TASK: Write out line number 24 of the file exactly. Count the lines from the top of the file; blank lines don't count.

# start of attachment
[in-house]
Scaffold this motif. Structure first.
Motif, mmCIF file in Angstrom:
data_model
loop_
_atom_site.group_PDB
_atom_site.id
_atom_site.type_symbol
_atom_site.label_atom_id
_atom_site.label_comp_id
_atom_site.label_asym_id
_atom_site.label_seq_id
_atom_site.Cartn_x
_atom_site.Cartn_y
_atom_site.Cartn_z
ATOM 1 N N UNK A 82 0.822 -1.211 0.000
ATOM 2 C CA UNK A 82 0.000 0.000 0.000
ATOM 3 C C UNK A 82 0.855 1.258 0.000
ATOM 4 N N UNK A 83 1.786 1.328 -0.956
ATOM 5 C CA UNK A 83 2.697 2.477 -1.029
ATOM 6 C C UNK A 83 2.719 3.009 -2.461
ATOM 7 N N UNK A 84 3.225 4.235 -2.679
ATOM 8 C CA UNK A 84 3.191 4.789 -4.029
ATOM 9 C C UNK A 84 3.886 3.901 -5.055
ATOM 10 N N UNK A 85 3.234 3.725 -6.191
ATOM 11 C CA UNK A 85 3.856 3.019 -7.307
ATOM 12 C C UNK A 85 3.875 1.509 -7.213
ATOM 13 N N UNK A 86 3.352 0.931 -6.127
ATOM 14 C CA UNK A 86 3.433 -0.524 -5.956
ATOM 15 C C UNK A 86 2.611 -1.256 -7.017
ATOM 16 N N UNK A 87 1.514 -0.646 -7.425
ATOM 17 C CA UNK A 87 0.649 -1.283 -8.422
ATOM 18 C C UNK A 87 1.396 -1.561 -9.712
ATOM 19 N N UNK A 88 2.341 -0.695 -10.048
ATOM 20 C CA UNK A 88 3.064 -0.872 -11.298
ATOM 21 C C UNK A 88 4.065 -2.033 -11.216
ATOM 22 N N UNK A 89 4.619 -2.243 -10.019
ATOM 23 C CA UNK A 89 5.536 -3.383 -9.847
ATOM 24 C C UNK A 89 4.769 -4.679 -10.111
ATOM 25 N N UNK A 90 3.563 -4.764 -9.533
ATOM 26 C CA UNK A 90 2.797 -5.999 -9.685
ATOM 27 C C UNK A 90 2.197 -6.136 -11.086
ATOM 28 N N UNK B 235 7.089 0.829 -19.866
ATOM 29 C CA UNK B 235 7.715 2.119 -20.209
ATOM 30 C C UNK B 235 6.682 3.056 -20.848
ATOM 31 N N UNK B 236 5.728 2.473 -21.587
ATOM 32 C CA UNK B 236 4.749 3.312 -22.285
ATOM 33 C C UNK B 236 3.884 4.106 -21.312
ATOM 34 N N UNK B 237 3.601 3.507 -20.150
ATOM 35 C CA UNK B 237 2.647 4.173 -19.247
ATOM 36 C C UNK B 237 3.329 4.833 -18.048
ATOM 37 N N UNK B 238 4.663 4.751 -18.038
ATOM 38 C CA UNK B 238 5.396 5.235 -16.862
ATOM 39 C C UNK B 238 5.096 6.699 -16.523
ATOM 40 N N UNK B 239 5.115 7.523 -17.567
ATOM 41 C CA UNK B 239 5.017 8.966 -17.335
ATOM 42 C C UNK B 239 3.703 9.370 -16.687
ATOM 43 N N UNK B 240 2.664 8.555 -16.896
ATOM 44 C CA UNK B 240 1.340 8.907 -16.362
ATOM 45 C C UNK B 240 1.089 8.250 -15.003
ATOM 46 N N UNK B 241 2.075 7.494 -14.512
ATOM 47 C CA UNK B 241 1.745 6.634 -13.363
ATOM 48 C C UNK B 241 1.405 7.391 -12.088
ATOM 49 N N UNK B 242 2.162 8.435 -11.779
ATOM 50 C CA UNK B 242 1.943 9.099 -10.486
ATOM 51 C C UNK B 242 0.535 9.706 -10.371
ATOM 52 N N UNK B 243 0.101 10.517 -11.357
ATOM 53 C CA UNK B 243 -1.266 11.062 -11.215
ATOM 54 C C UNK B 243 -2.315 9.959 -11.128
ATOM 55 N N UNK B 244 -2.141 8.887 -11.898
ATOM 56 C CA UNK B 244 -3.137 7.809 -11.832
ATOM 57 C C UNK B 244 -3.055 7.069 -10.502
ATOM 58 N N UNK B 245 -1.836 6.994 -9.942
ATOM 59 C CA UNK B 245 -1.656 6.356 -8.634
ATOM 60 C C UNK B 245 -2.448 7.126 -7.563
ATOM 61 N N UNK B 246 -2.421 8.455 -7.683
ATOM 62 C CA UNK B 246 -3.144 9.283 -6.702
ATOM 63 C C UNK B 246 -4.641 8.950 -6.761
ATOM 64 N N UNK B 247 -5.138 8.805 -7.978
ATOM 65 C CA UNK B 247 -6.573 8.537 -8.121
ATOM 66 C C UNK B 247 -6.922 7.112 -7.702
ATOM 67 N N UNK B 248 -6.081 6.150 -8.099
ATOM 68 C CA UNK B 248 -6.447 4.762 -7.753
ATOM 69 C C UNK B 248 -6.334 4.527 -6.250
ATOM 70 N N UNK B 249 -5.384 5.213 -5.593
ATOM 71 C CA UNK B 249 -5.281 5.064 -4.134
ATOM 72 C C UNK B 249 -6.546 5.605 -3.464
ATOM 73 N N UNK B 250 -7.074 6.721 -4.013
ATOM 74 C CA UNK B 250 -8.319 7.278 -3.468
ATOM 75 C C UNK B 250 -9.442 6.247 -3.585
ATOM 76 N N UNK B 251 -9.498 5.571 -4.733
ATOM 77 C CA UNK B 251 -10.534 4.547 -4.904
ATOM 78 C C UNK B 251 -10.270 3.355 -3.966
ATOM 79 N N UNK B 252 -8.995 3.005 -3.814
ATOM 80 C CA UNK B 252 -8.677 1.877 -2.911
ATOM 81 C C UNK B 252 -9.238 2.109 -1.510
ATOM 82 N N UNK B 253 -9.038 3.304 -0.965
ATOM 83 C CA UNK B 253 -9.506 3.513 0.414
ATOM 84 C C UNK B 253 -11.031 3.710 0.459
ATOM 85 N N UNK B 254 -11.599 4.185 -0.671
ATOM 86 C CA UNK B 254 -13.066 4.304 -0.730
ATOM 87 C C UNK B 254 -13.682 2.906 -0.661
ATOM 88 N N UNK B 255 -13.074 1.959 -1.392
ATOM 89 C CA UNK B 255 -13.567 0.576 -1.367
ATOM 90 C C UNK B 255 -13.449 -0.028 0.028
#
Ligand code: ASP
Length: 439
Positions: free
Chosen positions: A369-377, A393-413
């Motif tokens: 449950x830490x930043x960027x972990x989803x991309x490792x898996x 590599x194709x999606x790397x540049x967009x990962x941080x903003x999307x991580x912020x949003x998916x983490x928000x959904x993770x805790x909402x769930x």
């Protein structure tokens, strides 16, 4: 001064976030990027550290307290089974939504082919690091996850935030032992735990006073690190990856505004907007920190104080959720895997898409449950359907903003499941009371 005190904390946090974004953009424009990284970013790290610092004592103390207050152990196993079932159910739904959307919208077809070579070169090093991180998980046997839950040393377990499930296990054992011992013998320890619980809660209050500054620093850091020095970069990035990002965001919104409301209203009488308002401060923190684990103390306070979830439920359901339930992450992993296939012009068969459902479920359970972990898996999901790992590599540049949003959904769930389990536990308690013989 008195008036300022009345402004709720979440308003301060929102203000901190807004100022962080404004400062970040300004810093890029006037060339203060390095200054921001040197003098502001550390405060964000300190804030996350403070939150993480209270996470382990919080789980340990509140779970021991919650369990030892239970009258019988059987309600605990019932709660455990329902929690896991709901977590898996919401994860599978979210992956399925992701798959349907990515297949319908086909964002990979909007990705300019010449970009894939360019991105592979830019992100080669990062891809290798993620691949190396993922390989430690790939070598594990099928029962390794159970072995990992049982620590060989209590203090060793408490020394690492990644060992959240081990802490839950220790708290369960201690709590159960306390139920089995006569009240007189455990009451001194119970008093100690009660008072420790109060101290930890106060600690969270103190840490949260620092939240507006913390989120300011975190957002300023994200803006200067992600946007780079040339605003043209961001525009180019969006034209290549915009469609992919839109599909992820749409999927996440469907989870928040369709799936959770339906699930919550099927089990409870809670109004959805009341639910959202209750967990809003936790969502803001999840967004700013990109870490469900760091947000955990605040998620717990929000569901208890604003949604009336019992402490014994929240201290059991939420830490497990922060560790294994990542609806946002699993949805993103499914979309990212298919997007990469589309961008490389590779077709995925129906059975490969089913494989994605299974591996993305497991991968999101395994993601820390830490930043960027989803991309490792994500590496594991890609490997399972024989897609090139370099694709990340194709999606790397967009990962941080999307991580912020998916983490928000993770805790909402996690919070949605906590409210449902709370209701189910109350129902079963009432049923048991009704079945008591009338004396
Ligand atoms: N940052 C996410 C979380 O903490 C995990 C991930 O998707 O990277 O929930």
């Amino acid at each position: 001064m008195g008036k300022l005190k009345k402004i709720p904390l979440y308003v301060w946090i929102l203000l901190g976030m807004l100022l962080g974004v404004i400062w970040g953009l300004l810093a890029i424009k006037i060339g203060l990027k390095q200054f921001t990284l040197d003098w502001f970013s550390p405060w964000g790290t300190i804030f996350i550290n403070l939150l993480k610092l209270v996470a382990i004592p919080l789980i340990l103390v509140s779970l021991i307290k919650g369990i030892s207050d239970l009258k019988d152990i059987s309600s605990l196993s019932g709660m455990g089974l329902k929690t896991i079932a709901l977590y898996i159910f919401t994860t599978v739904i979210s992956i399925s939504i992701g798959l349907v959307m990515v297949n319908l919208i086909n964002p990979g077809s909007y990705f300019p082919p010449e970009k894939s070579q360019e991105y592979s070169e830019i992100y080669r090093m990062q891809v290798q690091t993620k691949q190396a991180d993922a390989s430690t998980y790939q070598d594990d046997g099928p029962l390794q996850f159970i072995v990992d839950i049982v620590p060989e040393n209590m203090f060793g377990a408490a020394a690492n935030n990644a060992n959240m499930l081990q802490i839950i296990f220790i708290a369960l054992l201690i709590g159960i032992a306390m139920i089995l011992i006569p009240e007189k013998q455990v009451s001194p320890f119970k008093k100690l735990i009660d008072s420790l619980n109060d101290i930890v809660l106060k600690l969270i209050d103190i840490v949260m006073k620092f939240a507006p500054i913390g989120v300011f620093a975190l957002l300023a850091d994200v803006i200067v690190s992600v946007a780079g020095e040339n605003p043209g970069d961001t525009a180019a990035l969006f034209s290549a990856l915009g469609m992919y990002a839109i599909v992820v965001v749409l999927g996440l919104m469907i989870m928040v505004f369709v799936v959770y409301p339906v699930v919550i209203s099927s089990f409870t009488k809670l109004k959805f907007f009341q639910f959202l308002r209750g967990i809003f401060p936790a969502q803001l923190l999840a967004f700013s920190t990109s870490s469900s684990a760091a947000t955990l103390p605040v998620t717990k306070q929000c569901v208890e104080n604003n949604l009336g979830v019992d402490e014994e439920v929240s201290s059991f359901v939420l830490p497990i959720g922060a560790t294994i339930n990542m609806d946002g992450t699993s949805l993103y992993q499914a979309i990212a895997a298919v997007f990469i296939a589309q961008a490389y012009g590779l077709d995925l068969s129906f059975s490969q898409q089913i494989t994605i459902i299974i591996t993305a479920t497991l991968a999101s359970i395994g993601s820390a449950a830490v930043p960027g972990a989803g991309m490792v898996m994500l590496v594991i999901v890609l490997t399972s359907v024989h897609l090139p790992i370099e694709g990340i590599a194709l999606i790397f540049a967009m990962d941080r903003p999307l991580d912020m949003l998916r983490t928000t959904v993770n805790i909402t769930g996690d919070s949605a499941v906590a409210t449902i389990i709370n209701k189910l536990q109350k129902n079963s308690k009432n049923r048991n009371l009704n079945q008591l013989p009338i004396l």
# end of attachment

ATOM 9 C C UNK A 84 3.886 3.901 -5.055